I know you’re angry, Tumi.
Thinking that taking a shower is too much of a bother, I went out this morning at eight to look for breakfast in the same shirt and jeans I wore last night when I got lost in the middle of rain in District 3. But after realizing that I didn’t have the appetite, perhaps having a glass of iced coffee will kick my ass. It didn’t. I spent the next two hours reading the news and taking these pretentious pictures.
Good morning, Saigon.
Lunch was my next goal.
While jogging on a narrow road between rice paddies in Nghi Loc District, roughly 10 kilometers away from Vinh City, I noticed the simultaneous existence of traditional and modern ways of harvesting rice that are almost indifferent to each other’s presence. To my right was a giant harvesting machine operated by one man that cut the stems and separated the grains from the stalks in no time. To my left were two women, perhaps mother and daughter working on their narrow piece of land, cutting the stalks of their rice plants using sickles, a low-tech device that is proudly depicted along with a hammer (albeit both in golden hue) on flags that hung on every street in this Vietnamese countryside. This permutation of the communist party emblem alternated with the national flag, both utilizing the same intense red fabric that maintains its fastness despite the killer summer sun.
Yesterday, while in the middle of lunch, I heard a very loud pealing of bells. There was a commotion outside, and everyone in the village seemed to have congregated in front of the church carrying their rakes and metal dustpans. The people were scurrying to put their rice back into their sacks because of an impending heavy rain. Low-lying cumulonimbus clouds lent the sky a foreboding feel, signaling the start of the monsoon, finally concluding this dry spell which according to the villagers began sometime in February. The initial droplets of rain were very big, but the droplets of sweat falling from my forehead were much bigger as I saw myself joining the chorus of village people raking in the sufficiently dried rice grains.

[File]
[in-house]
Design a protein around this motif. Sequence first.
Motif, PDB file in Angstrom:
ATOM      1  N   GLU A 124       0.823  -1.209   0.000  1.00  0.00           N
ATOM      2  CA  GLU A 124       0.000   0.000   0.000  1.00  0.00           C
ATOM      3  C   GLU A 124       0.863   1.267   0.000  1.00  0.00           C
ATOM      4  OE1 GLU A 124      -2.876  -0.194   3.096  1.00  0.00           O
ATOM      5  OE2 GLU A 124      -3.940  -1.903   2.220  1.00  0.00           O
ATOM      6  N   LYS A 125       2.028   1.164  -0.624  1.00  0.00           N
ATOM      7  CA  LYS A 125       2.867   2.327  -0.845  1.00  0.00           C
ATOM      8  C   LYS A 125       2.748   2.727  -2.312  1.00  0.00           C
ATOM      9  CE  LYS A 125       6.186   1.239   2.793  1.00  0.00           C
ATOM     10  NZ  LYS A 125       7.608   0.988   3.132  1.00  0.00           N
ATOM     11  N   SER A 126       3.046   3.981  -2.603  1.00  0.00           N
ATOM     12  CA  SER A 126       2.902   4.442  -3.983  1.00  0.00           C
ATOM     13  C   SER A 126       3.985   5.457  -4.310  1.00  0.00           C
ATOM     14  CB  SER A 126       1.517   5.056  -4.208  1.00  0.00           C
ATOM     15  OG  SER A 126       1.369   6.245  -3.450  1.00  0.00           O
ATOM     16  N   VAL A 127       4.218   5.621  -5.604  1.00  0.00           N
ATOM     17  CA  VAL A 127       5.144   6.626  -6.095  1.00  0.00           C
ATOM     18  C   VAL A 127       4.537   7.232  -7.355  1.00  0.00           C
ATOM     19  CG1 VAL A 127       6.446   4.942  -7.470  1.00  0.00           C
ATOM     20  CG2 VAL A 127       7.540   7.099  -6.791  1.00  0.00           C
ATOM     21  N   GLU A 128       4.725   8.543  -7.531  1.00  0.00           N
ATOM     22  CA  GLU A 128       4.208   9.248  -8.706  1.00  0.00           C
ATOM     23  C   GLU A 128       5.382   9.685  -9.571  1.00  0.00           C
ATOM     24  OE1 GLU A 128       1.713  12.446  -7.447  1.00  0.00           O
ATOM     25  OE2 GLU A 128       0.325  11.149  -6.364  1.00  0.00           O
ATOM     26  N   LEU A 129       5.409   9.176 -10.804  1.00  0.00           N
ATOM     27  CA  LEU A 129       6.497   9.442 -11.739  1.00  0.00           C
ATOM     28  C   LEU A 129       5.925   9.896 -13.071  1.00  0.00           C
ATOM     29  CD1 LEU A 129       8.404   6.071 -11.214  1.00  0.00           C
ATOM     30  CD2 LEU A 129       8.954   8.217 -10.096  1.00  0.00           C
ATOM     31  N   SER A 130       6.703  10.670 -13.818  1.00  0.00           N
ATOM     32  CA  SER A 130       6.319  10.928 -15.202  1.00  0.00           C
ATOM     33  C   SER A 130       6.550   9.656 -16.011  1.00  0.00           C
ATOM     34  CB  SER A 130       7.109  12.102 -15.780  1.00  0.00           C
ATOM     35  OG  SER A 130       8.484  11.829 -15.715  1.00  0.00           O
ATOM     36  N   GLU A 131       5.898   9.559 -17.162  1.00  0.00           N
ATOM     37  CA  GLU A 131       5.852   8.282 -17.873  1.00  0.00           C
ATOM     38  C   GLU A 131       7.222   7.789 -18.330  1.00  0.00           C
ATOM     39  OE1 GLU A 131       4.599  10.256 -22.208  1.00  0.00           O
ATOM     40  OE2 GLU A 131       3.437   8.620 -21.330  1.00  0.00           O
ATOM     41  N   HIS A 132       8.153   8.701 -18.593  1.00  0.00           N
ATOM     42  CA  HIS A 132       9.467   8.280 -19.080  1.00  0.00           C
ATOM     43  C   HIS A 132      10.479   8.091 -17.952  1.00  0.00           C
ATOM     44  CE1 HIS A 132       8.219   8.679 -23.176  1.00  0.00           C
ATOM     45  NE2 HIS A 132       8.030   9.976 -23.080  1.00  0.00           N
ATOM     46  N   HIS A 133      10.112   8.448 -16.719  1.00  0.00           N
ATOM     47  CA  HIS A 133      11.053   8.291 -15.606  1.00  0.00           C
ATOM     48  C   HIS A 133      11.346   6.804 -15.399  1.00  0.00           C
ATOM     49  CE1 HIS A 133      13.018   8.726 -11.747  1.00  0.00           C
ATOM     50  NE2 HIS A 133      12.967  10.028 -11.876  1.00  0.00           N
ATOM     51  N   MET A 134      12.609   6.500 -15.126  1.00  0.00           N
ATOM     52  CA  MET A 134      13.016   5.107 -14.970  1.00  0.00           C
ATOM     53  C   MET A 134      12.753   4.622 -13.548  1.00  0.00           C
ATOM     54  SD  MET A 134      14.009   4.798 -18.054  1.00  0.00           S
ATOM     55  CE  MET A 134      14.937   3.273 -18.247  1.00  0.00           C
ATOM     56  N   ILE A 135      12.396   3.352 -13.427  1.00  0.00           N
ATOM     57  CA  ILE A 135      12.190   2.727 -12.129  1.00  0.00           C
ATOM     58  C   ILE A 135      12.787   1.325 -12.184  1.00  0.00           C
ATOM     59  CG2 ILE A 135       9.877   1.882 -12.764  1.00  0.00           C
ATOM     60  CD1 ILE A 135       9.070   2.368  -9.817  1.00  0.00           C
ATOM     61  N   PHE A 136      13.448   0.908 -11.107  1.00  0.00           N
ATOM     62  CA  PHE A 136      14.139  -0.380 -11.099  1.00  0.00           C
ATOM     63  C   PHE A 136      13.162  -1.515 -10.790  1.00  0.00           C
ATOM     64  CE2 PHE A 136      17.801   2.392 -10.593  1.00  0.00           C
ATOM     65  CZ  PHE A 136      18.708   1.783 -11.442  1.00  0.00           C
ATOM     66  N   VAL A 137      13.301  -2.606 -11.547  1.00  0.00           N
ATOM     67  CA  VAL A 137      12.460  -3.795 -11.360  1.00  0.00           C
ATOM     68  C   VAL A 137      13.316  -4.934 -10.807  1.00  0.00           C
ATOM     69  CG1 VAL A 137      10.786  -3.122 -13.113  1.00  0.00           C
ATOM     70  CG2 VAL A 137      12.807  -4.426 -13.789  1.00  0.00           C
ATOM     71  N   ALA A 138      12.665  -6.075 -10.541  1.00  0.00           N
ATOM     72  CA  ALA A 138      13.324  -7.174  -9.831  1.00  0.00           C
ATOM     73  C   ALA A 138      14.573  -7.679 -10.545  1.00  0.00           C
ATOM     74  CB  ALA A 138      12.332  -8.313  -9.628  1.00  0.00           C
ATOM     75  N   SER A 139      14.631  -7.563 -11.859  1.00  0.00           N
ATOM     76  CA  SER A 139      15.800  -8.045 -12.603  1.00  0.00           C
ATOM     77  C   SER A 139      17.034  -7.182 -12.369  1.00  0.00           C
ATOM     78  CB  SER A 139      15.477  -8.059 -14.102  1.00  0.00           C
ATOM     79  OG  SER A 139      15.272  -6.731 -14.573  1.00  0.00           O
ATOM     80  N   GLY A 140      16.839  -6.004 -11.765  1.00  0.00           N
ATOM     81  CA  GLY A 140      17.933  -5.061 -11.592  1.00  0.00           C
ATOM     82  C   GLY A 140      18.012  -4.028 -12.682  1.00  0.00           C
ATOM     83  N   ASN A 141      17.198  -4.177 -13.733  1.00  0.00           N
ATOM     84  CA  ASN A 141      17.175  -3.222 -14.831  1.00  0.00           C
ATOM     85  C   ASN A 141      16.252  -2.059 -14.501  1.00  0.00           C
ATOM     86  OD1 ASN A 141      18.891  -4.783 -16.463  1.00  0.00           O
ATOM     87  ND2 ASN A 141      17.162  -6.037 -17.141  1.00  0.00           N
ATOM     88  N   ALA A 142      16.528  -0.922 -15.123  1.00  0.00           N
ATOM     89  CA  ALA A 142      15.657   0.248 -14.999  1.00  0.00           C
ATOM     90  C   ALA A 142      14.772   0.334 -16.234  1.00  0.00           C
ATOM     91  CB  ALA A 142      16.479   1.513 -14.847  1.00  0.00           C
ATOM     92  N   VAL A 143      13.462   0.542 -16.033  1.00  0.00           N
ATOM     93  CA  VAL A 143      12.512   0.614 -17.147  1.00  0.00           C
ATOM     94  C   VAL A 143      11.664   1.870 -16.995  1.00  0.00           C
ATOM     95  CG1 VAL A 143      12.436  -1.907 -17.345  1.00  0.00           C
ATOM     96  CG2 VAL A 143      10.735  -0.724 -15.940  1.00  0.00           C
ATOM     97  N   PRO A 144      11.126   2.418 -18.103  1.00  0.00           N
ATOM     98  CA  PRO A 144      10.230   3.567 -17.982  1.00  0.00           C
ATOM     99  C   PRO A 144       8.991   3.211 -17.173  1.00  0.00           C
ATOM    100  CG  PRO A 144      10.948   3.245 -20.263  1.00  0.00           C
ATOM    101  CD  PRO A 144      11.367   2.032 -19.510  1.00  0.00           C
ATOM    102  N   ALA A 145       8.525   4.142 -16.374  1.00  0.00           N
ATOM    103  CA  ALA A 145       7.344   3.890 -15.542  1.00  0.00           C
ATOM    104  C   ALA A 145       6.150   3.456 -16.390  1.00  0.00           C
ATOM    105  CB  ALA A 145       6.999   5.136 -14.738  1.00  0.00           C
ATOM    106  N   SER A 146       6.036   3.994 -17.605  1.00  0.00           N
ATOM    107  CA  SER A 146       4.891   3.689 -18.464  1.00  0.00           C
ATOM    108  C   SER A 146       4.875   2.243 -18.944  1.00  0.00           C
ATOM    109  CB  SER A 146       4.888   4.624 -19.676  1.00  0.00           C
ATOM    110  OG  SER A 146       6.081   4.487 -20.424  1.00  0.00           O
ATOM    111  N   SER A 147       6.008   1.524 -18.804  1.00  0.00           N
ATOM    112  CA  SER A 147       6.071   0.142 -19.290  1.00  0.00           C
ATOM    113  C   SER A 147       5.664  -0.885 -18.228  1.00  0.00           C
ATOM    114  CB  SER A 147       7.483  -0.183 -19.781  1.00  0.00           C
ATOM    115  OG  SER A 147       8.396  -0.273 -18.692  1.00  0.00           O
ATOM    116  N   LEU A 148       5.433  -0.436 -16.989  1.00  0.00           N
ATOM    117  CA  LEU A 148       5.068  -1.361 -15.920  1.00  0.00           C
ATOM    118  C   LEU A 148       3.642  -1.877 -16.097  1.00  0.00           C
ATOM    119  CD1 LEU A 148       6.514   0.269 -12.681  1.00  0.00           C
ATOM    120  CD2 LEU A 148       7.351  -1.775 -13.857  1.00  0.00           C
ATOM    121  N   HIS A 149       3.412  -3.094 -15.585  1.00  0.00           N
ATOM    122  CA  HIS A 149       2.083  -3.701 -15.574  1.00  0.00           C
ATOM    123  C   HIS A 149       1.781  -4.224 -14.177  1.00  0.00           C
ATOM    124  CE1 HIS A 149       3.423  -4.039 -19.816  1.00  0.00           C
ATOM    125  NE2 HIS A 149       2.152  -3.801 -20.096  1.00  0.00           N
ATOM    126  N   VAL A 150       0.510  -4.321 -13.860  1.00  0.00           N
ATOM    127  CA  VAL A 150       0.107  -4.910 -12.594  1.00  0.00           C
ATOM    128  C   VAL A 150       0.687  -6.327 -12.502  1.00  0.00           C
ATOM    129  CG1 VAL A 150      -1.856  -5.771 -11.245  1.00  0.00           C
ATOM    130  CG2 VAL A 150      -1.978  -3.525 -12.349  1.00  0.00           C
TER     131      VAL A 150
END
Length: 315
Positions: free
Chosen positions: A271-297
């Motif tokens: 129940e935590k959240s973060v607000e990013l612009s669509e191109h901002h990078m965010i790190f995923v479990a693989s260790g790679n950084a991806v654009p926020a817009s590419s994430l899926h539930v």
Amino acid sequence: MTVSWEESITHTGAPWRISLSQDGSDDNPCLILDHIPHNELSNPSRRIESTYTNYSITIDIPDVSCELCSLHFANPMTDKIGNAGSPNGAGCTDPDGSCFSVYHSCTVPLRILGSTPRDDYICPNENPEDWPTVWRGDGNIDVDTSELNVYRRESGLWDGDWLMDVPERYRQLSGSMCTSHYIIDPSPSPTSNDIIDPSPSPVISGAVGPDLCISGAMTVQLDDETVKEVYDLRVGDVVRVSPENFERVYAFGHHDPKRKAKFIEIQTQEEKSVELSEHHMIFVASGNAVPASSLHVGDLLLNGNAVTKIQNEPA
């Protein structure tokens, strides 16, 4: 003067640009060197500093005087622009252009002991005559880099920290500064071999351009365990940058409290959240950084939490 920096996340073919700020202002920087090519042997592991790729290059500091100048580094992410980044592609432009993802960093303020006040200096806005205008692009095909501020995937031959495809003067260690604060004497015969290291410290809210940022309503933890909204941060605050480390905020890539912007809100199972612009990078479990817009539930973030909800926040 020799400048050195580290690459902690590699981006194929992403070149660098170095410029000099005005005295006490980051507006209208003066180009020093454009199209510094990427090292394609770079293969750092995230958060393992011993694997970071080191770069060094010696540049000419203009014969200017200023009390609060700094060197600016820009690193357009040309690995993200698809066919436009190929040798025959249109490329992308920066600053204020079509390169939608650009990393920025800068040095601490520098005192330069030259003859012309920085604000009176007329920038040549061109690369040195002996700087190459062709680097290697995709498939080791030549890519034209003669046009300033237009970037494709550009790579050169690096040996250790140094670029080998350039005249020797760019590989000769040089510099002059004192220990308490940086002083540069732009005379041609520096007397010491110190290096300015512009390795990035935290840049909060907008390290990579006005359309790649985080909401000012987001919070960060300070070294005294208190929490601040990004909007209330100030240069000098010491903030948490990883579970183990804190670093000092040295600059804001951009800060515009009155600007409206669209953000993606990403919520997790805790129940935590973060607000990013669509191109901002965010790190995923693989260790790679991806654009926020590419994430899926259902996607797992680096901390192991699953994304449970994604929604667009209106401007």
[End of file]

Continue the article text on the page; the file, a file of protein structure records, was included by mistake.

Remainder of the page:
We gathered the grains in mounds then scooped them as quickly as we could into the waiting sacks held by two people each, then those with substantial musculature (I stand out in the village because of my height and sheer mass; Vietnamese men on average are short and lean) carried them outside the door of the church away from the reach of destructive rain water that would render their much cared for rice unfit for human consumption.
This supposed display of altruism is a performance one would not find out of place in rural Philippines. Neighbors will help each other whether they liked it or not because they will have no one to run to but each other in events of not infrequent calamities that strike the countryside, away from the center where governments have much bigger influence on the conduct of people’s lives.
Except for occasional billboard announcements on controlling the size of family and extolling the virtues of having two children, the government is nearly invisible here. Of course one sees the national flag and the communist party’s, but like in other Third World countries, there is a certain proportionality to the reach of the government and the distance of the place from the economic and political centers of a country. Hanoi is 300 kilometers away; Ho Chi Minh City is roughly four times as far.
A farmer here is subject to the contingencies of the weather and relationships he has built with people around. One cannot have existentialist contemplations here (these thoughts require a degree of disinterest in the lives of others and demand putting the self in the center of one’s universe). One can’t be poor, with wife and children, and detached from everyone here all at the same time. Having nosey neighbors is a fact one has to contend with if he wants to continue existing.